Can anyone see the difference in complexity?  I can't...

I am trying to see the difference between two entries on the English Grammar Profile.  They have this point of grammar under adverbs and under pronouns but have given it different proficiency levels (I tagged the example with claws 7 tagset):

B2 degree adverbs to modify pronouns.

This_DD1 is_VBZ the_AT most_RGT crowded_JJ place_NN1 in_II my_APPGE town_NN1 and_CC you_PPY can_VM buy_VVI absolutely_RR anything_PN1 you_PPY like_VV0 ._.

B1 premodifiers with indefinite pronouns, often to intensify.

You_PPY can_VM find_VVI absolutely_RR anything_PN1 ,_, whatever_DDQV you_PPY need_VV0 ._.

I'm also adding data from a corpus on my blog to see if I can find some logic.   

Thanks for any help in advance, usually I can find this information through my own research but this one has me stumped.

 

 

Original Post

Hello, EG, and welcome to the Grammar Exchange.

I have read through your above post a few times and have absolutely no idea what you are asking. Would you like to clarify the computer language, the awkward underscoring, and the meaning of B1 or B2?

If you do not reply in the next 24 hours, this post will be moved into cyber-limbo. I think you may simply be engaging in advertising. Incidentally, your post ends with a run-on sentence containing a comma-splice error.

Hi David,

The "computer language" is a part-of-speech tagset which is usually used for corpus linguistics.  I find it a quick way to spot the difference in patterns.  B1 B2 are proficiency levels from the CEFR = Central European Framework of Reference for languages, and the two sentences or examples are from two different levels of learner English.  I am developing a teacher aid that is based on the English Grammar Profile and therefore it cannot be commercialised.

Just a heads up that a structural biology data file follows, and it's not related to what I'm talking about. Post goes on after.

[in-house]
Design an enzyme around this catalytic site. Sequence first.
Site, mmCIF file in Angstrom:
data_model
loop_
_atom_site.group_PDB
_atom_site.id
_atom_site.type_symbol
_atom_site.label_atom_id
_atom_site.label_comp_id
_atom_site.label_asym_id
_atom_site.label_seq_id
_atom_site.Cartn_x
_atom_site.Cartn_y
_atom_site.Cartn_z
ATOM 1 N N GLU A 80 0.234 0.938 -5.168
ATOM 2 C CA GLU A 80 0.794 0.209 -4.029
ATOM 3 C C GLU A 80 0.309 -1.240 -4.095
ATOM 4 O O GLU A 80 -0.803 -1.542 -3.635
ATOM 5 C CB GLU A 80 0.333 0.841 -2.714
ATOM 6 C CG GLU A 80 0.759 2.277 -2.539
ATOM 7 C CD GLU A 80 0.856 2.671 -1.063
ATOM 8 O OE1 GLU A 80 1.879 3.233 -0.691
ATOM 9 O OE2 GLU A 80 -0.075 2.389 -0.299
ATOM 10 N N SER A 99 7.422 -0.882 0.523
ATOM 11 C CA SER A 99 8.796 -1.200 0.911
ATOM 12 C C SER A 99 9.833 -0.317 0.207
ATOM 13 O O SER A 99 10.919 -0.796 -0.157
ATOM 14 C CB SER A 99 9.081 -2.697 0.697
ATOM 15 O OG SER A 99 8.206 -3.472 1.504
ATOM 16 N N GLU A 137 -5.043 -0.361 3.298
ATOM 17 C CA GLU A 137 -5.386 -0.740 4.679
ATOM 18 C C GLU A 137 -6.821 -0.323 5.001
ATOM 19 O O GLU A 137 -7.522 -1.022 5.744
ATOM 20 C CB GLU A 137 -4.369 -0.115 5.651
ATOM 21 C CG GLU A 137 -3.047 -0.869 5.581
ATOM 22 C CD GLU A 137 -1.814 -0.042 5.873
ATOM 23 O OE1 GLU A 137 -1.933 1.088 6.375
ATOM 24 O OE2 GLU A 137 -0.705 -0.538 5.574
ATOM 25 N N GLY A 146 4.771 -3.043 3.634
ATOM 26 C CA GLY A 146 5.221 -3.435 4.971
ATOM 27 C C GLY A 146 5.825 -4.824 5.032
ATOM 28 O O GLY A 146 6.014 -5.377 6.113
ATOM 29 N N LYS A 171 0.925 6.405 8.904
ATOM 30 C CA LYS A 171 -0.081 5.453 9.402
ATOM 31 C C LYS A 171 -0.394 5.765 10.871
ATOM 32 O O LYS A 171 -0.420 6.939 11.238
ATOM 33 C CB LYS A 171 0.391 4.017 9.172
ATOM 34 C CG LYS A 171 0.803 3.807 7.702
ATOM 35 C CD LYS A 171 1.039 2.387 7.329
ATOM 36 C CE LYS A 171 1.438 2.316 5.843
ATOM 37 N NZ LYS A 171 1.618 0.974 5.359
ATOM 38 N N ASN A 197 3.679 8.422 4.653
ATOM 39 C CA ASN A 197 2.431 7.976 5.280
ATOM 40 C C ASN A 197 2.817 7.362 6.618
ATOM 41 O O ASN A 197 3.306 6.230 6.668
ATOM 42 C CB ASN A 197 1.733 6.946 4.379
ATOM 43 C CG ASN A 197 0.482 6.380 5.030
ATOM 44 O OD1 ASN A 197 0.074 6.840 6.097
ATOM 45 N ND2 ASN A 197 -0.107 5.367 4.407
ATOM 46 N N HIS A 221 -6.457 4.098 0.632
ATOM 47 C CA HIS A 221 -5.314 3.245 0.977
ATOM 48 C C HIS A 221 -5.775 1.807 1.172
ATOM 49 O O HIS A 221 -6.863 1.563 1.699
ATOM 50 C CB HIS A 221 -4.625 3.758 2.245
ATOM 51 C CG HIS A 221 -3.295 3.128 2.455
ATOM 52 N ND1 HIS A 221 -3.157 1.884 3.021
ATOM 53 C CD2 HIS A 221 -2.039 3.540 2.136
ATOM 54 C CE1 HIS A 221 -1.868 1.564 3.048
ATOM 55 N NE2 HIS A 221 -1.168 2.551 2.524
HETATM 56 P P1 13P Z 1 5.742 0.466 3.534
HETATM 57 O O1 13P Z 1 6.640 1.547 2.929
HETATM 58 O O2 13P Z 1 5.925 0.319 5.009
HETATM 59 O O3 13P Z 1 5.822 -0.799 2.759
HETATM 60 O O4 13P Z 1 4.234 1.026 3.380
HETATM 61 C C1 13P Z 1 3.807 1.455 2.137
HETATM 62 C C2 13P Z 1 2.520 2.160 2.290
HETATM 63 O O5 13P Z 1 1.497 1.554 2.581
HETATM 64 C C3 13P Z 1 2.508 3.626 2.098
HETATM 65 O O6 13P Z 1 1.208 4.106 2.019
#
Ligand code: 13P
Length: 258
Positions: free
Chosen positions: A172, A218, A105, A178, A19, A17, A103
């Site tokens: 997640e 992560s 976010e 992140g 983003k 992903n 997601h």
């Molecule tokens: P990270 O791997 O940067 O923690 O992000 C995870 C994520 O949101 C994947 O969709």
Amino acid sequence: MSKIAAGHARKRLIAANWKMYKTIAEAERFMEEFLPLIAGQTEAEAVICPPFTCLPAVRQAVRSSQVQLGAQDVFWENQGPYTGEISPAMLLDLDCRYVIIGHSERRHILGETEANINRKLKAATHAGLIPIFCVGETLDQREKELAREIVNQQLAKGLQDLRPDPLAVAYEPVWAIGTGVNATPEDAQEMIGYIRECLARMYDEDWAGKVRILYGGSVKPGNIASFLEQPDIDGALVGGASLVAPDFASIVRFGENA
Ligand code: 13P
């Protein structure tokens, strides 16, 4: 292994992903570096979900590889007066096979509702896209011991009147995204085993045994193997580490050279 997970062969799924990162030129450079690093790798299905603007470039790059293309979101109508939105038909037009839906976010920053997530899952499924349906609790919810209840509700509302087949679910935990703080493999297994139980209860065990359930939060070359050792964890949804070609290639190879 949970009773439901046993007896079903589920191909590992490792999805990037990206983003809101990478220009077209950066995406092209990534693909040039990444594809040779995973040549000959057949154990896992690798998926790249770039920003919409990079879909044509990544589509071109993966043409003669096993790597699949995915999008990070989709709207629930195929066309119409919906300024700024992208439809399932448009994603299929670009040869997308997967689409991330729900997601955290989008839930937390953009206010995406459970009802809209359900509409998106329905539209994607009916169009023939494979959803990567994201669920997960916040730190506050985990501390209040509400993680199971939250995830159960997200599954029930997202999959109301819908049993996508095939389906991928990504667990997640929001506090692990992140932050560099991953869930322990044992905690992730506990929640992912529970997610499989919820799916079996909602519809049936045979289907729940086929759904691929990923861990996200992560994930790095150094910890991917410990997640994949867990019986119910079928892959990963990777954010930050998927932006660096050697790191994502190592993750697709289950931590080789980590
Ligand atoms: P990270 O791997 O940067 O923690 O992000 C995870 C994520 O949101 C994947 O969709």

Regards.

 

EG posted:

The "computer language" is a part-of-speech tagset which is usually used for corpus linguistics.  I find it a quick way to spot the difference in patterns. 

Hi, EG,

Wouldn't it have been easier to write the sentences from your blog rather than those obscure formulas? (By the way, please notice the typo.)

According to the English Grammar Profile:

"You can find absolutely anything, whatever you need." = premodified indefinite pronoun is intensifying, so therefore this is only considered B1.

Whereas:

"This is the most crowded place in my town and you can buy absolutely anything you like." = the degree adverb modifies the pronoun and is therefore considered B2.

It is clear that both structures are similar, the only difference being that the first one is reinforced by the appositive "whatever you need," while the second one takes a restrictive clause ("you like").

I'm not an expert at classifying contents according to their level, but you must know that there are some boundary cases that are shared by adjacent levels. I really don't see the point of making such extremely detailed distinctions. I find it to be a waste of time.

Hi Gustavo,

Thanks for the extra information. 

I too see useless ambiguity in this case, but generally find there is potential value in the overall system for those who make thousands of level placement decisions for new classes.  I'm trying to automate the tedious parts to leave more time for the rest.

Your grammar points were helpful.  Unfortunately, they don't explain the complexity criterions since they seem poorly exemplified in the first place.  

Thanks again.

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